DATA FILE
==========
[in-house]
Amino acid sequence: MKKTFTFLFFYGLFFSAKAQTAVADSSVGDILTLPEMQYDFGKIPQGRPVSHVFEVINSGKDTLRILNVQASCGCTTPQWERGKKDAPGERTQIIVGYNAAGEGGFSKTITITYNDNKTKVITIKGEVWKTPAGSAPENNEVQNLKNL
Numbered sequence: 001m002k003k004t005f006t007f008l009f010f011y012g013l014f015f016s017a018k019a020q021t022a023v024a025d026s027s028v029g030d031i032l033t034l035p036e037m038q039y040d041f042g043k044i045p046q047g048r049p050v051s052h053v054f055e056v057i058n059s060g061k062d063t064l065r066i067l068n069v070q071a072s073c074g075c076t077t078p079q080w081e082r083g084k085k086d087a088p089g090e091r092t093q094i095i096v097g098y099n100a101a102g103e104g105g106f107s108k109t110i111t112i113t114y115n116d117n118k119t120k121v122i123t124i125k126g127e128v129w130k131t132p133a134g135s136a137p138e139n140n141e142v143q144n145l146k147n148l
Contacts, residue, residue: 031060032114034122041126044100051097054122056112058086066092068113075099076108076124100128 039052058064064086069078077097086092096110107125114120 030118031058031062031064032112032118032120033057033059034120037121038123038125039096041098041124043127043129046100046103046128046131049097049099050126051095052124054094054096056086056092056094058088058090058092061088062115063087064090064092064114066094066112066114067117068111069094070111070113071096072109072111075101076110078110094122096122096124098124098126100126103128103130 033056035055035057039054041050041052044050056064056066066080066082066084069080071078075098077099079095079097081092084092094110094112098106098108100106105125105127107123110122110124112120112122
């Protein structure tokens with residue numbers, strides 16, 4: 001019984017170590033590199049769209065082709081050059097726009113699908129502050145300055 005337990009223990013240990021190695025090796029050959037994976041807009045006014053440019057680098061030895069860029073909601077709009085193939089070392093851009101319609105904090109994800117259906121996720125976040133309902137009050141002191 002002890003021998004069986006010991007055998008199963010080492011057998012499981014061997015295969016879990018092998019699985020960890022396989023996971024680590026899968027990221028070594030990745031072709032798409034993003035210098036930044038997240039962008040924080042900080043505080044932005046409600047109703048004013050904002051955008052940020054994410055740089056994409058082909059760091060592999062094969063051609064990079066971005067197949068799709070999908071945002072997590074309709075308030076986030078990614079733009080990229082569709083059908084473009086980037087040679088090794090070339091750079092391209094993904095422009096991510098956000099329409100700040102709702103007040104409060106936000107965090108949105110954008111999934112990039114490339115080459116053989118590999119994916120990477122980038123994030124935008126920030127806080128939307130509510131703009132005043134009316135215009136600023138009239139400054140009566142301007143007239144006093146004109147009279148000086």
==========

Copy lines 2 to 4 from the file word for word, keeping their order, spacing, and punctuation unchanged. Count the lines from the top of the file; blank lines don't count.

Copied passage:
Amino acid sequence: MKKTFTFLFFYGLFFSAKAQTAVADSSVGDILTLPEMQYDFGKIPQGRPVSHVFEVINSGKDTLRILNVQASCGCTTPQWERGKKDAPGERTQIIVGYNAAGEGGFSKTITITYNDNKTKVITIKGEVWKTPAGSAPENNEVQNLKNL
Numbered sequence: 001m002k003k004t005f006t007f008l009f010f011y012g013l014f015f016s017a018k019a020q021t022a023v024a025d026s027s028v029g030d031i032l033t034l035p036e037m038q039y040d041f042g043k044i045p046q047g048r049p050v051s052h053v054f055e056v057i058n059s060g061k062d063t064l065r066i067l068n069v070q071a072s073c074g075c076t077t078p079q080w081e082r083g084k085k086d087a088p089g090e091r092t093q094i095i096v097g098y099n100a101a102g103e104g105g106f107s108k109t110i111t112i113t114y115n116d117n118k119t120k121v122i123t124i125k126g127e128v129w130k131t132p133a134g135s136a137p138e139n140n141e142v143q144n145l146k147n148l
Contacts, residue, residue: 031060032114034122041126044100051097054122056112058086066092068113075099076108076124100128 039052058064064086069078077097086092096110107125114120 030118031058031062031064032112032118032120033057033059034120037121038123038125039096041098041124043127043129046100046103046128046131049097049099050126051095052124054094054096056086056092056094058088058090058092061088062115063087064090064092064114066094066112066114067117068111069094070111070113071096072109072111075101076110078110094122096122096124098124098126100126103128103130 033056035055035057039054041050041052044050056064056066066080066082066084069080071078075098077099079095079097081092084092094110094112098106098108100106105125105127107123110122110124112120112122